Law "Legal concept" redirects here. Lady Justice, a symbol of justice. She is depicted as a goddess equipped with three items: a sword, symbolising the coercive power of a court; scales, representing an objective standard by which competing claims are weighed; and a blindfold indicating that justice should be impartial and meted out objectively, without fear or favor and regardless of money, wealth, power or identity. Law is a term which does not have a universally accepted definition, but one definition is that law is a system of rules and guidelines which are enforced through social institutions to govern behaviour. Laws can be made by legislatures through legislation (resulting in statutes), the executive through decrees and regulations, or judges through binding precedents (normally in common law jurisdictions). Private individuals can create legally binding contracts, including (in some jurisdictions) arbitration agreements that exclude the normal court process.
20 Scary Old School Surgical Tools A quick glance at our gallery of some of history’s gnarliest surgical tools will definitely make you thankful for just how far our industry has progressed throughout time. Browse through images and descriptions of surgical tools dating as far back as the 1600’s – a time when surgery was definitely not for the squeamish. You might think your HMO plan is scary, but at least it doesn’t use these vintage surgical instruments…hopefully. Amputation Knife (1700s) Knives used for amputations during the 18th century were typically curved, because surgeons tended to make a circular cut through the skin and muscle before the bone was cut with a saw.
Historiography Historiography refers to both the study of the methodology of historians and the development of "history" as a discipline, and also to a body of historical work on a particular subject. Scholars discuss historiography topically – such as the "historiography of the British Empire," the "historiography of early Islam", or the "historiography of China" – as well as different approaches and genres, such as political history or social history. Beginning in the nineteenth century, with the ascent of academic history, a body of historiographic literature developed. The extent to which historians are influenced by their own groups and loyalties—such as to their nation state—is a much debated question. The research interests of historians change over time, and in recent decades there has been a shift away from traditional diplomatic, economic and political history toward newer approaches, especially social and cultural studies.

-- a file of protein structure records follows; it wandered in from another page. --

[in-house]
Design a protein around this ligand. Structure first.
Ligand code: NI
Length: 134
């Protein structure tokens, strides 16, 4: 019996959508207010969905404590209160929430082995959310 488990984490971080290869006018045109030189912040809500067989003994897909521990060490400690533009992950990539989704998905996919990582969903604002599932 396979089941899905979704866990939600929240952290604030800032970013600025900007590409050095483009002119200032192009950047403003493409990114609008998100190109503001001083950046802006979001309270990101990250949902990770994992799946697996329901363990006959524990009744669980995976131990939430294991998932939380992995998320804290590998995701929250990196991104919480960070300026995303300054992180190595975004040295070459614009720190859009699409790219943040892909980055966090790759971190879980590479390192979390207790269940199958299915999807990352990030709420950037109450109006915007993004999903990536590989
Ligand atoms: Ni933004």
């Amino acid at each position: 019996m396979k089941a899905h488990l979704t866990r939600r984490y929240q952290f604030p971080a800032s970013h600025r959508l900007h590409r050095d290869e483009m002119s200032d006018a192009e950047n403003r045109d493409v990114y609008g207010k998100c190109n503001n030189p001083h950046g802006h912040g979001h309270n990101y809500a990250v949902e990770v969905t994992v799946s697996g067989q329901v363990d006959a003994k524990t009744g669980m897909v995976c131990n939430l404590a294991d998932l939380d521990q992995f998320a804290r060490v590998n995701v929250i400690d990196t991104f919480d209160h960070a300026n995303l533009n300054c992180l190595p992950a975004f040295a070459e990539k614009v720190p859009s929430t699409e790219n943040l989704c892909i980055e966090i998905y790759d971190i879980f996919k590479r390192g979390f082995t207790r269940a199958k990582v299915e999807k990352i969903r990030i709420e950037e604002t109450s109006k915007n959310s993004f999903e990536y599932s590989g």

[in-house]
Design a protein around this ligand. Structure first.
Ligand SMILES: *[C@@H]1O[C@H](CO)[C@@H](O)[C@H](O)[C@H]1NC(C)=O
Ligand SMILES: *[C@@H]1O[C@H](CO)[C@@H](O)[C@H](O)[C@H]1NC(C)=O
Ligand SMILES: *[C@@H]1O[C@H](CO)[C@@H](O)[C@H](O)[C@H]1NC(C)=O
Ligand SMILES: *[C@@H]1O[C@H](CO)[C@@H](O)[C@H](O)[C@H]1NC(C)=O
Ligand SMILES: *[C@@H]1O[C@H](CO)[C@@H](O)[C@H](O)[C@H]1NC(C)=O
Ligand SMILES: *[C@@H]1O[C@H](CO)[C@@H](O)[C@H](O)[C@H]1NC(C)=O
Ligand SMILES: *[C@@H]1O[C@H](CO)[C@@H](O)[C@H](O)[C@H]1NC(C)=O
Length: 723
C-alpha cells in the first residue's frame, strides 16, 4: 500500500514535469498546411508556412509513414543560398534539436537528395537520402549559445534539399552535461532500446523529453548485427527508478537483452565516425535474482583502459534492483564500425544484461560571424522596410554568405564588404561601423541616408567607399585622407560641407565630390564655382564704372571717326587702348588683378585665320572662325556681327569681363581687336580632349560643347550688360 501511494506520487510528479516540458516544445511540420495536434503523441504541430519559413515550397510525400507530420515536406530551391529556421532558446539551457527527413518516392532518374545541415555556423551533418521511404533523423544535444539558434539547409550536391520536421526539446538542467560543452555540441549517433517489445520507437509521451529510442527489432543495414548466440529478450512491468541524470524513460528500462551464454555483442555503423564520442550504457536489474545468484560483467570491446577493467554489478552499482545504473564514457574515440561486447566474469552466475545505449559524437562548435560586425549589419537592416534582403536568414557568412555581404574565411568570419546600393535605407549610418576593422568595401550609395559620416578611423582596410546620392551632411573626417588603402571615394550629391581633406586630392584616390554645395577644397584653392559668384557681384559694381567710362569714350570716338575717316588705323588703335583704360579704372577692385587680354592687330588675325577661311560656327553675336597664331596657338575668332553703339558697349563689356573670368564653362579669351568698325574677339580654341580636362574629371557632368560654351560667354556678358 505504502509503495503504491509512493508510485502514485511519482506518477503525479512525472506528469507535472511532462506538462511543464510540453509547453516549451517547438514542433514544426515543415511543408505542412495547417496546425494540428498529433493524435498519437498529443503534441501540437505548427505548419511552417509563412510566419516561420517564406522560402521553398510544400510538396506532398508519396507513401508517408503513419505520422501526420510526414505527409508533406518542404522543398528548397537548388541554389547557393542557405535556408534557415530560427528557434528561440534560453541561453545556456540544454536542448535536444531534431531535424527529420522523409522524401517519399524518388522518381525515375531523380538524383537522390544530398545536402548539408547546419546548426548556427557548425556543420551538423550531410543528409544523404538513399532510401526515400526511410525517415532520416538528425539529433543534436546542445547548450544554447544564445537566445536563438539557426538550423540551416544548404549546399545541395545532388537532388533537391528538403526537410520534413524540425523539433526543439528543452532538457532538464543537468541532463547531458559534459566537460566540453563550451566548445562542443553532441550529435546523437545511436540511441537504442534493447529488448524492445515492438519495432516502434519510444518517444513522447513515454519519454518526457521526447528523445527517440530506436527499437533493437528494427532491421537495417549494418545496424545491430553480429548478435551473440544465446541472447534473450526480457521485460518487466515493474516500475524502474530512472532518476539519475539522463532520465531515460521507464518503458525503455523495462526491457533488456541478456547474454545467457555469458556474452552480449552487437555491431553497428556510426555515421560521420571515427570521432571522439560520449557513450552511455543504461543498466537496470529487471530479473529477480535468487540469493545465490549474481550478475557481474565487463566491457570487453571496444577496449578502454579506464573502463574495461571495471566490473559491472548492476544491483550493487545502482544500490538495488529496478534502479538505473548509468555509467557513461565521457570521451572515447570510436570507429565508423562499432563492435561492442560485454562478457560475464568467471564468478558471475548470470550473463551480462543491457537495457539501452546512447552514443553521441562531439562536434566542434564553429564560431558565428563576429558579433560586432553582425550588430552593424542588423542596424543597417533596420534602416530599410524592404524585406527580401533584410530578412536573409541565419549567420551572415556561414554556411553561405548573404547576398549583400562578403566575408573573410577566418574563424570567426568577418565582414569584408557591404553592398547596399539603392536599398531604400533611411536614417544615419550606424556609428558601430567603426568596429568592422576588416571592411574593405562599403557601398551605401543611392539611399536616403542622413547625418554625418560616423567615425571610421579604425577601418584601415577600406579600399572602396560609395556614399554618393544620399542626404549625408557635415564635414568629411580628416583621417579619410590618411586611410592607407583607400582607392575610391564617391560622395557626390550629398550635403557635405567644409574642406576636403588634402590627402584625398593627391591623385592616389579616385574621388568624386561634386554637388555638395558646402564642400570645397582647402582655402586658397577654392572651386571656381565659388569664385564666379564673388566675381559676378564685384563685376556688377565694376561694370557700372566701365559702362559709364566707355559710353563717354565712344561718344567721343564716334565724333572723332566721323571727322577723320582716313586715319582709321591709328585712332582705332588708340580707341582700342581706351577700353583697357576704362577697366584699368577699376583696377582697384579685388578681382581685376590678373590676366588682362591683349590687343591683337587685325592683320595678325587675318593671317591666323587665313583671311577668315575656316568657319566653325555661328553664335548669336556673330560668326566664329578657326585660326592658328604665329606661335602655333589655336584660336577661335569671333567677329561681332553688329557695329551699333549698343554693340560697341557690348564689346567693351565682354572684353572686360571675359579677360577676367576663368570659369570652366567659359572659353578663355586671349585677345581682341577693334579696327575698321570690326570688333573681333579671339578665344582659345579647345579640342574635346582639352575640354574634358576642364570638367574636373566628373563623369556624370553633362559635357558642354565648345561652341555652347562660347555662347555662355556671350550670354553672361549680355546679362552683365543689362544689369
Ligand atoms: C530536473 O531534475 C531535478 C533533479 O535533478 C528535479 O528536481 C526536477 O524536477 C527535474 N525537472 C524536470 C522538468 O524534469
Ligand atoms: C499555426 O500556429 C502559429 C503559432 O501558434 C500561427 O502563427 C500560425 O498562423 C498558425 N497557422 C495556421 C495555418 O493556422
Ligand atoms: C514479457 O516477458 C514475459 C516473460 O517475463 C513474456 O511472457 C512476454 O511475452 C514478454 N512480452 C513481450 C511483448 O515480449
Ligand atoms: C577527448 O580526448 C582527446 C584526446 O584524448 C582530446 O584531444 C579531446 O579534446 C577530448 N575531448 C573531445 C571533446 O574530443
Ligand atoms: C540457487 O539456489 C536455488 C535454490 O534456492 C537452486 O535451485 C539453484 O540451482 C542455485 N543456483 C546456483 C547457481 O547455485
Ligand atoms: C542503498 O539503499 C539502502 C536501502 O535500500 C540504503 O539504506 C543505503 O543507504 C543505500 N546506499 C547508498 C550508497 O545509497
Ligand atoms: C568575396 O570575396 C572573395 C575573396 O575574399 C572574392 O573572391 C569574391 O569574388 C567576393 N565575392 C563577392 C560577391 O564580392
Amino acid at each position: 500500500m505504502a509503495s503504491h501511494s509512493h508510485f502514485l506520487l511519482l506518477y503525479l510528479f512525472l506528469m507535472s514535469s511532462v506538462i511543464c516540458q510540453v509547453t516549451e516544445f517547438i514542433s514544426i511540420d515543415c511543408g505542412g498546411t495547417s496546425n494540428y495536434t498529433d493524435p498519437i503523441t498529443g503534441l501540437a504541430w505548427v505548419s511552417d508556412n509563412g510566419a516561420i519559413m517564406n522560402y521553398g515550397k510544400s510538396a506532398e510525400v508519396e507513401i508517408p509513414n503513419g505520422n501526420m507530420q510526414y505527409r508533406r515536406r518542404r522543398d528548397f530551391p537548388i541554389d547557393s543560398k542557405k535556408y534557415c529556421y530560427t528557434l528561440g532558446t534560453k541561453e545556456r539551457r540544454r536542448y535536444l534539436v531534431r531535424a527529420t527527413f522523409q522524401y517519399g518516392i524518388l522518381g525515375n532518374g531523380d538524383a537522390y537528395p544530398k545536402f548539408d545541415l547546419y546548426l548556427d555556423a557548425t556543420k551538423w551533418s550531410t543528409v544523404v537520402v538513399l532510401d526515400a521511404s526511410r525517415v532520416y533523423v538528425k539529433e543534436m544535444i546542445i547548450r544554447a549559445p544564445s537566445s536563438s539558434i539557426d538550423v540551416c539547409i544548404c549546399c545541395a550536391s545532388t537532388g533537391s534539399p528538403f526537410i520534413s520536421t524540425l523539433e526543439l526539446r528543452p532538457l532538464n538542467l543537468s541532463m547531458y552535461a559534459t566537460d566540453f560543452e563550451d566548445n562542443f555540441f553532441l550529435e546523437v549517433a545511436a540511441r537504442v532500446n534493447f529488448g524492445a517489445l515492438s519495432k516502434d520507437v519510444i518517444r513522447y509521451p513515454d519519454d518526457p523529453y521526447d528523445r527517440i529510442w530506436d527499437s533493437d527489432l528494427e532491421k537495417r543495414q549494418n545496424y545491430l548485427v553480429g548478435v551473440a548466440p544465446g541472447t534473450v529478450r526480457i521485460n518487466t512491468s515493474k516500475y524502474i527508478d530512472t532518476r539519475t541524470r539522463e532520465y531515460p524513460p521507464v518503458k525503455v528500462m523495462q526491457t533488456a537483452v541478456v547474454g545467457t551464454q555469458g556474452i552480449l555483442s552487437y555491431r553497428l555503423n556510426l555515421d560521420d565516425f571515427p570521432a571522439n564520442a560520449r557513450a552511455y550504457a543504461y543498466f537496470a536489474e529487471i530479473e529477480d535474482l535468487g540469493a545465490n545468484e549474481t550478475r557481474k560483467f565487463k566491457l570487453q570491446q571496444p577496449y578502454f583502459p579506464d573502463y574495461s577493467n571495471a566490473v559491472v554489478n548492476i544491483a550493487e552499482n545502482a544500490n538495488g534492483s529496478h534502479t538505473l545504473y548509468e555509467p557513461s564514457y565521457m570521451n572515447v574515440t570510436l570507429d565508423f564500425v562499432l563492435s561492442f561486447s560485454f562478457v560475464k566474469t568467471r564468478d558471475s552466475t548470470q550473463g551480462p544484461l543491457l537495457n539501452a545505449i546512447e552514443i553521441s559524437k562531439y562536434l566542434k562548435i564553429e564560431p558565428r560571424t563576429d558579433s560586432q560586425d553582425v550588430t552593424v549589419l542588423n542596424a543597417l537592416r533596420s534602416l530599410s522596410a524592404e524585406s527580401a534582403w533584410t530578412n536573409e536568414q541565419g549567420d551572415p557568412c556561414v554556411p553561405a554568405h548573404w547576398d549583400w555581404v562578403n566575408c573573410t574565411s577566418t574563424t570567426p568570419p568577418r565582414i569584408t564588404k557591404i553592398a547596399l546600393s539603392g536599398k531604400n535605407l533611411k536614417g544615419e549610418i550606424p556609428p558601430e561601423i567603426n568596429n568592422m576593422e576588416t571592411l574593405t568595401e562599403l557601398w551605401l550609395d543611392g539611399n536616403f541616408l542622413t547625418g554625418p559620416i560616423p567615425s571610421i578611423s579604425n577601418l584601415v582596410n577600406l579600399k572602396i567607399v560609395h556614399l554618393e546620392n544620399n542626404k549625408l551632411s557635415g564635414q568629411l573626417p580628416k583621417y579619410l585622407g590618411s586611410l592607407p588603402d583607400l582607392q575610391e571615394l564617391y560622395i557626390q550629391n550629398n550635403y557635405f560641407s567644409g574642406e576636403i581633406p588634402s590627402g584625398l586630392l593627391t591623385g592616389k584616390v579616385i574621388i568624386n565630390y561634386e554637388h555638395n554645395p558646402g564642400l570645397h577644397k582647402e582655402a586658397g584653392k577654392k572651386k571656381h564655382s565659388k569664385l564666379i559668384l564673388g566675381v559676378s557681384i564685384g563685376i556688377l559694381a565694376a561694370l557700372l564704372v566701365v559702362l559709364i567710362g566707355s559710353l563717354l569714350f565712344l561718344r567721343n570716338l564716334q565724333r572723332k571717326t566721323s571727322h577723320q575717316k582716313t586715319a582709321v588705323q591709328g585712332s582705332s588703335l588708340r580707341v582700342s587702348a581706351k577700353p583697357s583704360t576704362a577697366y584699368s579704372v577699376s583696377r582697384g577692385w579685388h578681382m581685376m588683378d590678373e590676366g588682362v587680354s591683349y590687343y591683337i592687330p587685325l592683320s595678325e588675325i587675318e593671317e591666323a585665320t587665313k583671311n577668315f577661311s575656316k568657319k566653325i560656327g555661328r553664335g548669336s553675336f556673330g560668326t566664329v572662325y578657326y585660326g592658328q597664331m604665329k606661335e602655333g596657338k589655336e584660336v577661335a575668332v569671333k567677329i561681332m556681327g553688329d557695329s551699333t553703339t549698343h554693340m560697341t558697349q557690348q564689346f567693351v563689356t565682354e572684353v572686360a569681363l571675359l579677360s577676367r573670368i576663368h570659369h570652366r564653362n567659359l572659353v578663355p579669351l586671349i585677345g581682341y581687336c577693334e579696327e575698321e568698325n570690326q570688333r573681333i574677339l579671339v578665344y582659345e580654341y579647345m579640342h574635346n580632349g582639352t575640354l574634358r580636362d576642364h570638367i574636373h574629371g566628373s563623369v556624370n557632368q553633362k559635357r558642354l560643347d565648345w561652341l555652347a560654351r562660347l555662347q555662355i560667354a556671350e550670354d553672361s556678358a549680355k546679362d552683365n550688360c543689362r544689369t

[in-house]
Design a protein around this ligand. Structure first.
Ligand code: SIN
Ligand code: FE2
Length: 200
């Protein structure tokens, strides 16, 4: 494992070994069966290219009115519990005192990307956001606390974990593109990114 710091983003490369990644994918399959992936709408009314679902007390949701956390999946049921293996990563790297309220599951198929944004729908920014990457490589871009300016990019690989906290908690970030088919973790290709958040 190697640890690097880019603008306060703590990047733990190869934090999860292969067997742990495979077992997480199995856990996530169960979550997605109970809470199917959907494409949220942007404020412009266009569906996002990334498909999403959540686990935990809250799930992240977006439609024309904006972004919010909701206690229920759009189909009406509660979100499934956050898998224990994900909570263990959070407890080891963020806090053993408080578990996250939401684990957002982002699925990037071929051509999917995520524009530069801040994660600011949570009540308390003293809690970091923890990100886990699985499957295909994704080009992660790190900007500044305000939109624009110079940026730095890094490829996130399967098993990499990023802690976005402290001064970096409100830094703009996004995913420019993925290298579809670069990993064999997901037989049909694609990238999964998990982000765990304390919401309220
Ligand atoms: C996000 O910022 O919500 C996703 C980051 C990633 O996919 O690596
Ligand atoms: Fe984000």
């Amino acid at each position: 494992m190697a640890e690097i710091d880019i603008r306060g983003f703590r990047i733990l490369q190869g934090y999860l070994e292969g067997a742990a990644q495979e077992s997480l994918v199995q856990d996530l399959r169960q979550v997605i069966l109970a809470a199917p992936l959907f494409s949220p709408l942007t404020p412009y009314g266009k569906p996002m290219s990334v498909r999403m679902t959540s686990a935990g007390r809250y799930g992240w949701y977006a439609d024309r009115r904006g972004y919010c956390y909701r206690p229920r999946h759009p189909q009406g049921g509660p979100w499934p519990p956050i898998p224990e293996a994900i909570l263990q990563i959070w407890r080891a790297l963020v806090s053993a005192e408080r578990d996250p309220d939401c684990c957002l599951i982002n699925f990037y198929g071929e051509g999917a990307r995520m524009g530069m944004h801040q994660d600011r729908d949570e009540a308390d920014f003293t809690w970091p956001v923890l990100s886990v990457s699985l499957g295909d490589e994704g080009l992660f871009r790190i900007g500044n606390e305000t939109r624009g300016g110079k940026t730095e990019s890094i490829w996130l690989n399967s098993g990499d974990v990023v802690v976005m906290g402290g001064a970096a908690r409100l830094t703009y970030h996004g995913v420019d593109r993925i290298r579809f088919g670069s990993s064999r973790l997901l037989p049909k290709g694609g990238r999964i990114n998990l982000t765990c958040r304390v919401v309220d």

Timeline Prehistory For events dating from the formation of the planet to the rise of modern humans see: Timeline of natural historyFor events dating from the first appearance of Homo sapiens to before the invention of writing see: Timeline of human prehistory These timelines of world history detail recorded events since the creation of writing roughly 5000 years ago (which marks the beginning of history) to the present day. For events from c. 3500 BC to c. 500 AD see: Timeline of ancient historyFor events from c. 500 to 1499, see: Timeline of the Middle AgesFor events from 1500 to 1900, see: Timeline of early modern historyFor events since 1901, see: Timeline of modern history Vintage Audio - Call of America Reproduced below is the speech recorded by the U.S. Democratic Party politician James Hamilton Lewis, who served as a whip in the U.S. Senate.